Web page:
Active Women Protect Their Bones—And Heart
When women commit to a regular exercise program, they aren’t just protecting their bones—they are also reducing their risk of coronary heart disease.
At Summit, we support the comprehensive health of our patients by encouraging preventative care. We know that physical activity is critical to women’s orthopedic health, but it is important for women to understand that the benefits of exercise don’t end with stronger bones and healthier joints. Fitness through exercise also combats the symptoms that put women at risk for heart disease.
Heart disease is the leading cause of death in both men and women. Although deaths related to heart disease have declined for both genders over the last 20 years, the decline is less for women than it is for men. Women also have less favorable outcomes after a heart-related health event. A number of factors make heart health an area of special concern for women.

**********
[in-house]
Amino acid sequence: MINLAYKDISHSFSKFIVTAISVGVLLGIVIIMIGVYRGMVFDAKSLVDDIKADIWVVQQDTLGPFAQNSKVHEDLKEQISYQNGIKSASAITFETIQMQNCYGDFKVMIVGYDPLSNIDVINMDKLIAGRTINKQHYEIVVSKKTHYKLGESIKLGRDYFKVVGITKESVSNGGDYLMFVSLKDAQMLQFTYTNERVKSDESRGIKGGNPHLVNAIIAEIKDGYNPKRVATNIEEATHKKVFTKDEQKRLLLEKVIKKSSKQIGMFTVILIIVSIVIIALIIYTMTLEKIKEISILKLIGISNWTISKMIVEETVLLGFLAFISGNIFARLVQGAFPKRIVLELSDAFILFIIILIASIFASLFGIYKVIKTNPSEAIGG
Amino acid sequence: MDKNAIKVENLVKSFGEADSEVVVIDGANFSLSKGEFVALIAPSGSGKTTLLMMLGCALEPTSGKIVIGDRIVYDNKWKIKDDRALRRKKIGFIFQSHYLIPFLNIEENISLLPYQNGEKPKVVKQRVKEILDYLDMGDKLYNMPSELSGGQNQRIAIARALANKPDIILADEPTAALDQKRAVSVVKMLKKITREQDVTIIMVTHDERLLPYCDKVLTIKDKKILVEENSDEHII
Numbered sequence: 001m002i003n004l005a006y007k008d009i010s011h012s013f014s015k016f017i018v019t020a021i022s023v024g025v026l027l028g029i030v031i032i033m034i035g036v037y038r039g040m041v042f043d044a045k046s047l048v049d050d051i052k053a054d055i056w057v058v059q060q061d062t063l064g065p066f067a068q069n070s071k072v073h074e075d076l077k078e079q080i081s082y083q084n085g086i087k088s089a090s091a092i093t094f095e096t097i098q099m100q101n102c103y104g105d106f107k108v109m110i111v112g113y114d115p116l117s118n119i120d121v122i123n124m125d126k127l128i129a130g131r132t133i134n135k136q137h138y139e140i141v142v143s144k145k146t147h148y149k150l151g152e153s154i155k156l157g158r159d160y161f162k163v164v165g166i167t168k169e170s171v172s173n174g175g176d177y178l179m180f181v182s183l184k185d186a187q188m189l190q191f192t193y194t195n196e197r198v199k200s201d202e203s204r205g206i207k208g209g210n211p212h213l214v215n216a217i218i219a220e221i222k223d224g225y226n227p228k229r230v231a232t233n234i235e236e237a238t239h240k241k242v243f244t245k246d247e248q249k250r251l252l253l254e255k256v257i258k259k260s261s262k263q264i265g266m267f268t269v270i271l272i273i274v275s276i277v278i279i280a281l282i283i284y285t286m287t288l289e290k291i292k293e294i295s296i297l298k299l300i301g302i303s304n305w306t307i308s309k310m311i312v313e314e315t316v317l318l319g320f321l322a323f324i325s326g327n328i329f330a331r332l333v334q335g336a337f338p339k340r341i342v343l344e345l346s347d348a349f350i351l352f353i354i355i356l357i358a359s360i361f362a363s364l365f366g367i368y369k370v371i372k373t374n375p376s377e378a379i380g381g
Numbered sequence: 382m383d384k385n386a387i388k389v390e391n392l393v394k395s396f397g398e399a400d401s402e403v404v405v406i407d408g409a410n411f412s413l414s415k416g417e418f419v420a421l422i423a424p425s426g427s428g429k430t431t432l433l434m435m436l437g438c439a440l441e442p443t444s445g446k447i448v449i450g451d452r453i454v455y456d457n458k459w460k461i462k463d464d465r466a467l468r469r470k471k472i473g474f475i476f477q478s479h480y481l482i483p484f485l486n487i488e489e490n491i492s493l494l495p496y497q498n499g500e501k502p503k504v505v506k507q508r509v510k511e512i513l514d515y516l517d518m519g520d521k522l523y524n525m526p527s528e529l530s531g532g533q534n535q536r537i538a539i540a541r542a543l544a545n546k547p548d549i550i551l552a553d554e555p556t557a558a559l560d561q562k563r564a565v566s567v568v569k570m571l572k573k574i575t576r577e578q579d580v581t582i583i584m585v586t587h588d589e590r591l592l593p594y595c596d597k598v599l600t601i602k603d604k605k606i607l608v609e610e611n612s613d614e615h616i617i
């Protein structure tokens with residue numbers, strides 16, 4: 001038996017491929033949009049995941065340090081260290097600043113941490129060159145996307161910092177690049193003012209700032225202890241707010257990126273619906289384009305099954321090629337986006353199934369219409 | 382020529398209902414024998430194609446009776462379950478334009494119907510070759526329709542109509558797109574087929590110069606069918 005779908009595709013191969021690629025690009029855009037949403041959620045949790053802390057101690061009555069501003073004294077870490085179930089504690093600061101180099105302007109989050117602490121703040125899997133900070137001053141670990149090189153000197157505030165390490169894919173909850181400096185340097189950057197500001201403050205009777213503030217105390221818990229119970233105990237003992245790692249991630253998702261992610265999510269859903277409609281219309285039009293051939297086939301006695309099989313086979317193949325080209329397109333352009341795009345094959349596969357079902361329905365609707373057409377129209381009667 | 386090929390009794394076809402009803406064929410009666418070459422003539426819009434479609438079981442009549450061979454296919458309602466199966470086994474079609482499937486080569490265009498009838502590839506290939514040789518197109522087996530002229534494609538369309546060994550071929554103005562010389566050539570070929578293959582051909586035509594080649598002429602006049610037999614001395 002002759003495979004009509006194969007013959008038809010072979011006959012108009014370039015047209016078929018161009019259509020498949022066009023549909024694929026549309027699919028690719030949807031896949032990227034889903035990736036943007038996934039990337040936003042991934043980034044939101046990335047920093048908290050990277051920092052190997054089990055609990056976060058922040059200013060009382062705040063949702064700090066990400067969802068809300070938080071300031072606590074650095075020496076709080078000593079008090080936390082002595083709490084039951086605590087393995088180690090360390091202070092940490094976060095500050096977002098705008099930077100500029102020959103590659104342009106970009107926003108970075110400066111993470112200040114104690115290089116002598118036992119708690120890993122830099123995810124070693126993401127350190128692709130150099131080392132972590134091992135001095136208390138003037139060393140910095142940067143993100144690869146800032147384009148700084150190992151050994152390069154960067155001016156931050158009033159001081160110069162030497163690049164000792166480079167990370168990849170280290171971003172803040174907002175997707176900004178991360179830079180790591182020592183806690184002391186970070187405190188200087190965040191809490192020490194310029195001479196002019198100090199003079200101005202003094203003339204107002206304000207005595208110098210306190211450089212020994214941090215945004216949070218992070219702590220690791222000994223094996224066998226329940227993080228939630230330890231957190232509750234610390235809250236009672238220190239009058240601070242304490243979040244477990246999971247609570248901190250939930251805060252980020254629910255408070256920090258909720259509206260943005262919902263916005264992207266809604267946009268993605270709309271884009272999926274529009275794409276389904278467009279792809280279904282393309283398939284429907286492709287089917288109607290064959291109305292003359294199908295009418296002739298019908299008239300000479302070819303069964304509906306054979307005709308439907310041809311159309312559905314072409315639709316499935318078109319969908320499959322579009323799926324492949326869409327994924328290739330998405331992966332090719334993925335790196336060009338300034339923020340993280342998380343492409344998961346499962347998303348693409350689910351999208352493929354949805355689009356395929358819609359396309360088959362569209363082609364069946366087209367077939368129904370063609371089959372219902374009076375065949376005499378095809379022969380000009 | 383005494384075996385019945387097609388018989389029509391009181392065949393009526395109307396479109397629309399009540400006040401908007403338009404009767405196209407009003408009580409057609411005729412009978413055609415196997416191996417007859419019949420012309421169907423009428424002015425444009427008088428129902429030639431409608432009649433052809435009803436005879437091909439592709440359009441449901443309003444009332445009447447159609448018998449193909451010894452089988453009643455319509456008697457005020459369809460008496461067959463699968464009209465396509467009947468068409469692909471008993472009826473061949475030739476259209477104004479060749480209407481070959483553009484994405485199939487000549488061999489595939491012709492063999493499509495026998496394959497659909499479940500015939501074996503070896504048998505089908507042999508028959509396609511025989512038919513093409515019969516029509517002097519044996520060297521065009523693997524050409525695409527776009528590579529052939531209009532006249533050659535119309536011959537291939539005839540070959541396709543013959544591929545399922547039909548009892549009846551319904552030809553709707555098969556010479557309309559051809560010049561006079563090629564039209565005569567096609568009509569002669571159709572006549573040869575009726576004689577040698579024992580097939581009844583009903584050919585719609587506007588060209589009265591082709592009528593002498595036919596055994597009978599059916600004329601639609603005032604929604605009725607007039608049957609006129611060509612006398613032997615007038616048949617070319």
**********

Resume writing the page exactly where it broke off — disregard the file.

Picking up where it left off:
- More than 40 percent of women over age 55 have elevated cholesterol levels, a risk factor for heart disease.
- High blood pressure, another risk factor, affects 52 percent of women over 40 years of age.
- Women are twice as likely as men to die within the first year after a heart attack.
- Nearly 63 percent of women who die suddenly from heart disease have no previous symptoms.
- Women undergoing coronary artery bypass surgery are almost twice as likely as men to die as a result of the procedure. They also experience less symptom relief afterwards, and more often require another operation.
Exercise is an excellent way to help stave off coronary risk factors including high blood pressure, physical inactivity, abdominal fat accumulation, and diabetes. Unfortunately, data indicates that more than 60 percent of women aren’t getting their recommended physical activity, and 25 percent of women do no regular exercise.
You can take steps to protect your bone and heart health. When you lace up your walking shoes or hit the treadmill at least 30 minutes per day, 5 times a week, you aren’t just maintaining your bones and joints. The exercise that is good for your bones is also good for your heart, and can have far-reaching consequences for your quality of life.
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